The relief of the indigenous peoples of Brazil after the Supreme Federal Court’s rejection, by 9 votes to 2, of the legal notion of “marco temporal” (which would only recognize their right to lands they already occupied before the Constitution went into effect on October 5, 1988) lasted only a week.
Wednesday delivered a rude wake-up call when the Senate effectively declared war on the Supreme Court, passing a bill codifying the exact same legal notion that the latter had rejected; at the same time, the Supreme Federal Court was passing its own decision to give a consolation prize to the invaders of indigenous lands.
At the conclusion of the so-called “trial of the century,” the judges set new criteria for the land demarcation process, accepting Alexandre de Moraes’ proposal and recognizing the right of “owners in good faith” to compensation in the amount of the full value of the property – and not just the improvements they made to it, as the Constitution provides – unless the indigenous area has already been officially demarcated.
This was exactly what the original peoples feared, knowing that the significant increase in the value of compensation could effectively paralyze the already very long demarcation processes, which can take as much as 25-30 years nowadays.
On the other hand, Judge Dias Toffoli’s proposal to soften the right of exclusive use of the land, guaranteed to the indigenous peoples by the Constitution, in order to allow mining activities and the construction of hydroelectric power plants – which would have had truly deadly effects for indigenous communities – has fortunately been rejected.
However, after the Supreme Court gave an inch to the latifundistas on the issue of compensation, the powerful ruralist caucus responded by taking the whole proverbial mile: they pushed Bill 2903 through in a matter of hours – first in the Senate Constitution and Justice Committee and then in a floor vote in the upper chamber – a bill that the indigenous people call the “genocide bill,” and which had already received the green light from the House of Representatives and the Senate Agriculture and Agrarian Reform Committee.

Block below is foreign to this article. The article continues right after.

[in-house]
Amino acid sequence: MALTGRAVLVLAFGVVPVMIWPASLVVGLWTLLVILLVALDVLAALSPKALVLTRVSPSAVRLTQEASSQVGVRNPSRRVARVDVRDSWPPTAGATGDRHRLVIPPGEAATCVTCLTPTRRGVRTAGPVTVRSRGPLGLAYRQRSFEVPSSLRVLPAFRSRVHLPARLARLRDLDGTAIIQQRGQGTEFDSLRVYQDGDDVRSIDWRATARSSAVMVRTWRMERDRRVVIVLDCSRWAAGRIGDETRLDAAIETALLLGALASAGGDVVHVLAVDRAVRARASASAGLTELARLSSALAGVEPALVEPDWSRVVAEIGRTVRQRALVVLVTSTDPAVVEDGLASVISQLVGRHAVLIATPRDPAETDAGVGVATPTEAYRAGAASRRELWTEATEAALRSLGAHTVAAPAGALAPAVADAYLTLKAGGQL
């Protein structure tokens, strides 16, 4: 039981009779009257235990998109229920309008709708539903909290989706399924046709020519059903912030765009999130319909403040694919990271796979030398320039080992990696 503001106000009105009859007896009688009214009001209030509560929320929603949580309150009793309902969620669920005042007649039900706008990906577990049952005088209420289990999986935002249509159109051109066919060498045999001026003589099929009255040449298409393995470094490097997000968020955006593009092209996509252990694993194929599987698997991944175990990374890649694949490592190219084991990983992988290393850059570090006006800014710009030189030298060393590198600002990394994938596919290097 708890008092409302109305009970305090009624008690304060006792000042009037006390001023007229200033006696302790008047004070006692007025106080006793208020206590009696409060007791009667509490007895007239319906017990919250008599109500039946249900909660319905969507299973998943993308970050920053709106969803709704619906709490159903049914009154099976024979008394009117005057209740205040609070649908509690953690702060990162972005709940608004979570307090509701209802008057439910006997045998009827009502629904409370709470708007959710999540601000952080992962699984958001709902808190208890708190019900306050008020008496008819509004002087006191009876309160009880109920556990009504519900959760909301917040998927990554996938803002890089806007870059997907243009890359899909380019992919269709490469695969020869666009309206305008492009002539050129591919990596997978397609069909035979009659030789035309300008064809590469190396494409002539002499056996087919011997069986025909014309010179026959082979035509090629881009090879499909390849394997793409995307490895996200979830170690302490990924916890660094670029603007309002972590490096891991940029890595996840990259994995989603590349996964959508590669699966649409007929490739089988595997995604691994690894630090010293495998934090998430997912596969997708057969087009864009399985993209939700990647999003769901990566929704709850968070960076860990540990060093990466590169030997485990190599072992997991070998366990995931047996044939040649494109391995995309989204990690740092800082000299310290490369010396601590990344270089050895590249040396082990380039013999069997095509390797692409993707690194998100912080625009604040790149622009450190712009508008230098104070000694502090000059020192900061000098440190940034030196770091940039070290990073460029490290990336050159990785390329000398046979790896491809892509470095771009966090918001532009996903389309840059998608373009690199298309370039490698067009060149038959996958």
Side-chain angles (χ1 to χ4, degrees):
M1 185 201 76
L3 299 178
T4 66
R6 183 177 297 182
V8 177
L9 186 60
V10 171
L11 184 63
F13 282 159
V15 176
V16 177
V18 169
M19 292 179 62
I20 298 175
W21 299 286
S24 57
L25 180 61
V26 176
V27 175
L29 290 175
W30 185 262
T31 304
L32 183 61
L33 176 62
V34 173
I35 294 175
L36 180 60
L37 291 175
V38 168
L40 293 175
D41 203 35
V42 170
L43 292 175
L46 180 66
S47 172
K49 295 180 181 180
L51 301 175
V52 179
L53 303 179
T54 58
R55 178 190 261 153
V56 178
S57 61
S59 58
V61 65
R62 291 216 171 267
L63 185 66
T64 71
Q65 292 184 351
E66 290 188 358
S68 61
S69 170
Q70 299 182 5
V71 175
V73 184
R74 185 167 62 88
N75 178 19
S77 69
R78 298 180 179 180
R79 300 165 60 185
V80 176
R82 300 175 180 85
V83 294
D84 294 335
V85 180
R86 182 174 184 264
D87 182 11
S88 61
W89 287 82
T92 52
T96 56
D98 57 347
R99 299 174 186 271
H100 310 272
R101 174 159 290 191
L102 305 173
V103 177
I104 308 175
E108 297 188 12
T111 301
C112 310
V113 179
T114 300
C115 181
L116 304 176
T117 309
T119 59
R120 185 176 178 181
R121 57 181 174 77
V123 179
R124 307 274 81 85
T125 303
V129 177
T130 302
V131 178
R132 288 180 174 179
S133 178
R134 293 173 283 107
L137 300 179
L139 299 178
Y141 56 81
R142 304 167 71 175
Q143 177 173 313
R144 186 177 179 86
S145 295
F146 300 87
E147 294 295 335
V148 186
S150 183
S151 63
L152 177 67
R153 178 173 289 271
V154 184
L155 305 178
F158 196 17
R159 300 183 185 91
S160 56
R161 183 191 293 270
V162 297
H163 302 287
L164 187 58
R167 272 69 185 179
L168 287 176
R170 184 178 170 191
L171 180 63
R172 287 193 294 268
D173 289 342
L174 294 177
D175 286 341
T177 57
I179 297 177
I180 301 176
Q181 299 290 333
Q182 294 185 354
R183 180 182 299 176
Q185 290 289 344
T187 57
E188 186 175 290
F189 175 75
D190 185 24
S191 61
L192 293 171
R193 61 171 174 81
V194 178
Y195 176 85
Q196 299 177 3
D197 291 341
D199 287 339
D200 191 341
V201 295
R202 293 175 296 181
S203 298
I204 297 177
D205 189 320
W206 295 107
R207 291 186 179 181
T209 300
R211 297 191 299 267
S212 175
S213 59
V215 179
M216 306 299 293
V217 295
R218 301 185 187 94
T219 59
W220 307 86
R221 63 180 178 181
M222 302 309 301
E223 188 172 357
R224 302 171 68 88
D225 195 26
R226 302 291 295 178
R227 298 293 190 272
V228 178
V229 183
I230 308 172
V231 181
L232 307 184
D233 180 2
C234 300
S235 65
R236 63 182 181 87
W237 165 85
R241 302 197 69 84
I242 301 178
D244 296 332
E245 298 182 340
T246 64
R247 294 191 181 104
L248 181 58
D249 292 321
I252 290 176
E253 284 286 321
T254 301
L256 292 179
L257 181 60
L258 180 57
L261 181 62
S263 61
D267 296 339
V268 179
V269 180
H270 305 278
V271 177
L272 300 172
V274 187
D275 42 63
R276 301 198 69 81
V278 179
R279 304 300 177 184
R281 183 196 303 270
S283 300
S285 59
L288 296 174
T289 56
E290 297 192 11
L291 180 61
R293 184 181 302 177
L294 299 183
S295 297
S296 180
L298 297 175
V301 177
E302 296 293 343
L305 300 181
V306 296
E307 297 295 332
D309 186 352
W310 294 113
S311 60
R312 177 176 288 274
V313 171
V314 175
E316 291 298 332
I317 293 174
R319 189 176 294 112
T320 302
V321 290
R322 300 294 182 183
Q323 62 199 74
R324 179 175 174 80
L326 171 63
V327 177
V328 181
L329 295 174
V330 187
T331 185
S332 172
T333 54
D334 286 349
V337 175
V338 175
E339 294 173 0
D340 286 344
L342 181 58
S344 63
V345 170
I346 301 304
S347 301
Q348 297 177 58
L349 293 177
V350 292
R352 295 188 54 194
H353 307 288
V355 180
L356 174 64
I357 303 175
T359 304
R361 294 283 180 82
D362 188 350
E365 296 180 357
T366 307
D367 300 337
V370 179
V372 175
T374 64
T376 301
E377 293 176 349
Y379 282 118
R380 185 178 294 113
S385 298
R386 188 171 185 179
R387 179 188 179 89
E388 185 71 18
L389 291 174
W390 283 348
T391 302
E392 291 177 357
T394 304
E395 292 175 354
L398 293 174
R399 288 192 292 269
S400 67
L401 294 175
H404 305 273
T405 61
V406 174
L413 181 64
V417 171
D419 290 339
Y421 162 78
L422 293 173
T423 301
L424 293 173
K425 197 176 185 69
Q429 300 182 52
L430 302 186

As if the Supreme Court judges hadn’t just ruled, by an overwhelming majority, against the application of a time limit to the demarcation of indigenous areas, the Senate, by 43 votes to 21, enshrined the same infamous ruralist notion into law, and added other measures, just as destructive: a ban on the expansion of already demarcated indigenous lands, the weakening of the right to their exclusive use by communities, a green light to the cooperation between indigenous and non-indigenous people for economic activities, and the authorization to contact isolated peoples for actions that would bring public benefit.
It is unlikely that this bill – an explicit act of war against the Supreme Court, accused by the senators of violating congressional prerogatives – will have much of a future: even in the unthinkable eventuality that Lula doesn’t exercise his veto, or in the far more likely scenario that parliamentarians vote to overrule him, the law would still be declared unconstitutional by the Supreme Court.
However, the ruralist caucus already has a countermove ready to go in this clash between powers that looms ever more ominous. Less than 24 hours since the historic Supreme Court verdict, Senator Hiran Gonçalves had already put together a Proposed Constitutional Amendment (048/2023) to write the “marco temporal” thesis into the 1988 Constitution, which received the signatures of all the worst characters with ties to Bolsonarism: from Hamilton Mourão to Sergio Moro, Tereza Cristina, Damares Alves and Flávio Bolsonaro.
Such a rapacious offensive by the ruralist caucus was, after all, predictable: according to the Os invasores (“The Invaders”) report by the “De olho nos ruralistas” Observatory on Agribusiness in Brazil, not only are the latifundistas in Congress abusively occupying some 96,000 hectares of land belonging to indigenous areas, but several of them also received substantial campaign funding from invading ranchers (fazendeiros).
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